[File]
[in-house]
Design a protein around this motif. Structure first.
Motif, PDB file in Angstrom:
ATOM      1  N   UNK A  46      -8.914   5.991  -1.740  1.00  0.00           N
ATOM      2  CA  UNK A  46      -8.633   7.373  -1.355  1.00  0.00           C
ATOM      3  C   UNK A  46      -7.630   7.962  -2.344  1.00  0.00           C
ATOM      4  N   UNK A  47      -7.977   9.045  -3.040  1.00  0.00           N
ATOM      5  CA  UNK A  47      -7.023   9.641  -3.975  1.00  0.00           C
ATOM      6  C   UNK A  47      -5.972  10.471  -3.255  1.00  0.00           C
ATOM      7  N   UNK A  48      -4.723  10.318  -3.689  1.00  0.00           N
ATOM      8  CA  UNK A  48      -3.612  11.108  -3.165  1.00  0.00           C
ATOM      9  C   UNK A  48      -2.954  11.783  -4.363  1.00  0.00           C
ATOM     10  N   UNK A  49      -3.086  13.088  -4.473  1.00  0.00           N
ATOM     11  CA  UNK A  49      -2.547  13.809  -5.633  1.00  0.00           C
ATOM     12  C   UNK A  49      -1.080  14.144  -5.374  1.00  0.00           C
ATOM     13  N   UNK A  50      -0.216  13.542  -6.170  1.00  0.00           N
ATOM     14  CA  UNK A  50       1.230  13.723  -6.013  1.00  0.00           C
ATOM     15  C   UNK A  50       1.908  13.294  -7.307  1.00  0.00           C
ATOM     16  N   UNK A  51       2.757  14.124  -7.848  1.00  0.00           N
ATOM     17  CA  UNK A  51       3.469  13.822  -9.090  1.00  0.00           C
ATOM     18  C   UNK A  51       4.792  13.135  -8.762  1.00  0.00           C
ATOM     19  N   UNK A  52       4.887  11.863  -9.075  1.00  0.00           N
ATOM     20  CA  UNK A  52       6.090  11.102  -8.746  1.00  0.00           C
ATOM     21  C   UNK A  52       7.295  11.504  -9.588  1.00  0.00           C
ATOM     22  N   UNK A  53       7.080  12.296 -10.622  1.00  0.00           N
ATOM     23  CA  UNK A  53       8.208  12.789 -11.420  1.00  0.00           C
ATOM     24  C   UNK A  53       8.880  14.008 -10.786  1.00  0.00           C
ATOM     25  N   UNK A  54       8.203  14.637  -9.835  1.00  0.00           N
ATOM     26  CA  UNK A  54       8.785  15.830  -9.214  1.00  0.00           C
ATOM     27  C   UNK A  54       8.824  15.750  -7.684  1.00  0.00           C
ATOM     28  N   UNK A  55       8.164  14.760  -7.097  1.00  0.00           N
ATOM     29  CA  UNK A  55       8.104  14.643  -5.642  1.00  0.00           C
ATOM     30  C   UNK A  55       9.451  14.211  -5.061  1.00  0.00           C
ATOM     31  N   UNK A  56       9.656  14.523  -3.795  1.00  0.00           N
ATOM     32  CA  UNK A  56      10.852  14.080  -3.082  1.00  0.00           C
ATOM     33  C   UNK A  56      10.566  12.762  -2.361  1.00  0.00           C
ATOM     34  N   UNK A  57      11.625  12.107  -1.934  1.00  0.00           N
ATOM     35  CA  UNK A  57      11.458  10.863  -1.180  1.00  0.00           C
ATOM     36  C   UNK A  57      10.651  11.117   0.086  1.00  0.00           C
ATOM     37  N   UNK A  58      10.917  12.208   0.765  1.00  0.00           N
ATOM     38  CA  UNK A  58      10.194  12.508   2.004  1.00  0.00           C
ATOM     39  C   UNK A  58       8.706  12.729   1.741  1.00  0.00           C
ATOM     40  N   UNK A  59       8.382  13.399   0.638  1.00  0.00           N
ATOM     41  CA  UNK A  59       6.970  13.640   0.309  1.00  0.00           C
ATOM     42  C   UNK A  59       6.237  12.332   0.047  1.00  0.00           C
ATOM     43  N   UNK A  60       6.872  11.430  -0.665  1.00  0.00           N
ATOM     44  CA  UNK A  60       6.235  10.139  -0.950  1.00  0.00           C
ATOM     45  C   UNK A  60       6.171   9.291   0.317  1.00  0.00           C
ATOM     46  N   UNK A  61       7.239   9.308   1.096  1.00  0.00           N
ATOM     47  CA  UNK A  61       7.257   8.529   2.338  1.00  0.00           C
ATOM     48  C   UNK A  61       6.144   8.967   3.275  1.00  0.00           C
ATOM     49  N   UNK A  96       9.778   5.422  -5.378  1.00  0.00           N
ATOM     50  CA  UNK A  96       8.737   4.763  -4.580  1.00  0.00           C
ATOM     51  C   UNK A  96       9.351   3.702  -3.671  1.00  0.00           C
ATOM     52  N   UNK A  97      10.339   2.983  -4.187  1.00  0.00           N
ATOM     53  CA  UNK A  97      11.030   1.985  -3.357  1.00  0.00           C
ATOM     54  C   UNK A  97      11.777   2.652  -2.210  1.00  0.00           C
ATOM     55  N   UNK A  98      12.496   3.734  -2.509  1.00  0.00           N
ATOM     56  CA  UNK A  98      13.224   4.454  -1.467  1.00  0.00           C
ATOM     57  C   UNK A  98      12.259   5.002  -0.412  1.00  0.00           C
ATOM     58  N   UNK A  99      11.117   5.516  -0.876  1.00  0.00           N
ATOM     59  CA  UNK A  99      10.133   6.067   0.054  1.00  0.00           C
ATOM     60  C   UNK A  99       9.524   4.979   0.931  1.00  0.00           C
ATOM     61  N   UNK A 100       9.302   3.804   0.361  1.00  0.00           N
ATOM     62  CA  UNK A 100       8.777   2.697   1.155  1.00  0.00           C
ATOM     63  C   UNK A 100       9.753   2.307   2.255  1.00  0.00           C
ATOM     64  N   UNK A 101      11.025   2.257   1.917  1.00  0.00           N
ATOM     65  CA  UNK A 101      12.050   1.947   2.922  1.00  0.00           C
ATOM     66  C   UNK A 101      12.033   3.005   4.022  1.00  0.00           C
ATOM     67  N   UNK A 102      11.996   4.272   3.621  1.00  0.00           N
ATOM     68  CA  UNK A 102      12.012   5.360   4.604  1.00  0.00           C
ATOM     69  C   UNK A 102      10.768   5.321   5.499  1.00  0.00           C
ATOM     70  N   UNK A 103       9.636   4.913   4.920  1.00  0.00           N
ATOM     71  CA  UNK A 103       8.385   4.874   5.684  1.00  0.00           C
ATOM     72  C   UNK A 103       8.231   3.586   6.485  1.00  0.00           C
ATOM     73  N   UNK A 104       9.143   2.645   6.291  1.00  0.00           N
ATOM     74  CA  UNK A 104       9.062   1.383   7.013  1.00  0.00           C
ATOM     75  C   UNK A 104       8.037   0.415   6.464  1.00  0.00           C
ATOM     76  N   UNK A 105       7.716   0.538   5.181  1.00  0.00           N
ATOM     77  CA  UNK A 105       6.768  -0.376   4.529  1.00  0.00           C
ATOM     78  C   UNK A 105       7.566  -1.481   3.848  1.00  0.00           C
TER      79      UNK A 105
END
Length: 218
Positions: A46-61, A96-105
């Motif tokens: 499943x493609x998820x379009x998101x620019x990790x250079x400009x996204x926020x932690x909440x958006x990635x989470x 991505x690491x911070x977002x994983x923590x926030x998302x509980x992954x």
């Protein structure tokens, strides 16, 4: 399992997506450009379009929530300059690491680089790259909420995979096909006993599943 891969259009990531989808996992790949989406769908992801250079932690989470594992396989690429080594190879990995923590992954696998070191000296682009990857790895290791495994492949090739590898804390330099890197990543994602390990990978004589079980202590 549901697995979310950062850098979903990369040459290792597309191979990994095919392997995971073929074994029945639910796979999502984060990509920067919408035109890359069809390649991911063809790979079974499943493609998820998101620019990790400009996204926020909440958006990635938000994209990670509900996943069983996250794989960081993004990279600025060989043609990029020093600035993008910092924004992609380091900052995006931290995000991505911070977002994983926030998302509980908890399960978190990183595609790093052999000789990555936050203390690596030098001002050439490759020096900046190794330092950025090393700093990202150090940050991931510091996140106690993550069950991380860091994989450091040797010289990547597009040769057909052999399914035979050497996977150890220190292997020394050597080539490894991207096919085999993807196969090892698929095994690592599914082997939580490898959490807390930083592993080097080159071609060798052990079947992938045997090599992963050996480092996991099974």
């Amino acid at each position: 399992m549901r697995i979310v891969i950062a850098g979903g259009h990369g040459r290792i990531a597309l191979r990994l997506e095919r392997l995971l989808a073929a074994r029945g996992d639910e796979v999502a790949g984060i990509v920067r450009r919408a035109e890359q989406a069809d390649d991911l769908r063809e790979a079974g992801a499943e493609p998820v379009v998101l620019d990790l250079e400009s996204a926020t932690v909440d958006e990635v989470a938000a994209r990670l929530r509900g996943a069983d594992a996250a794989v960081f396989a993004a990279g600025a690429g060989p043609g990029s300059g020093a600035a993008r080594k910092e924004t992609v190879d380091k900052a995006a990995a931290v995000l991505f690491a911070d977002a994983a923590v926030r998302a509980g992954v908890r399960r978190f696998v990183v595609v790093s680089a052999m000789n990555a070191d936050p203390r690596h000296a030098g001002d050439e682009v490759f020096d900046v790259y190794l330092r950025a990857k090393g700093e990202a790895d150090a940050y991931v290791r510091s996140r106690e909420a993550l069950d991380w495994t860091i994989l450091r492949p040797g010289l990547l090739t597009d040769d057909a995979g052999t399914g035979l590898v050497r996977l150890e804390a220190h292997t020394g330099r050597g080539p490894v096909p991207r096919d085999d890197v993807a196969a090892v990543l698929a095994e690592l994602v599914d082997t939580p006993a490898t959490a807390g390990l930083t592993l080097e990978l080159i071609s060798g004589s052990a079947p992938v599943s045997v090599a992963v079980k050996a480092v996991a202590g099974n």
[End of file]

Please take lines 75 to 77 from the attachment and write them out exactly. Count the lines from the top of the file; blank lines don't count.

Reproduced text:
ATOM     72  C   UNK A 103       8.231   3.586   6.485  1.00  0.00           C
ATOM     73  N   UNK A 104       9.143   2.645   6.291  1.00  0.00           N
ATOM     74  CA  UNK A 104       9.062   1.383   7.013  1.00  0.00           C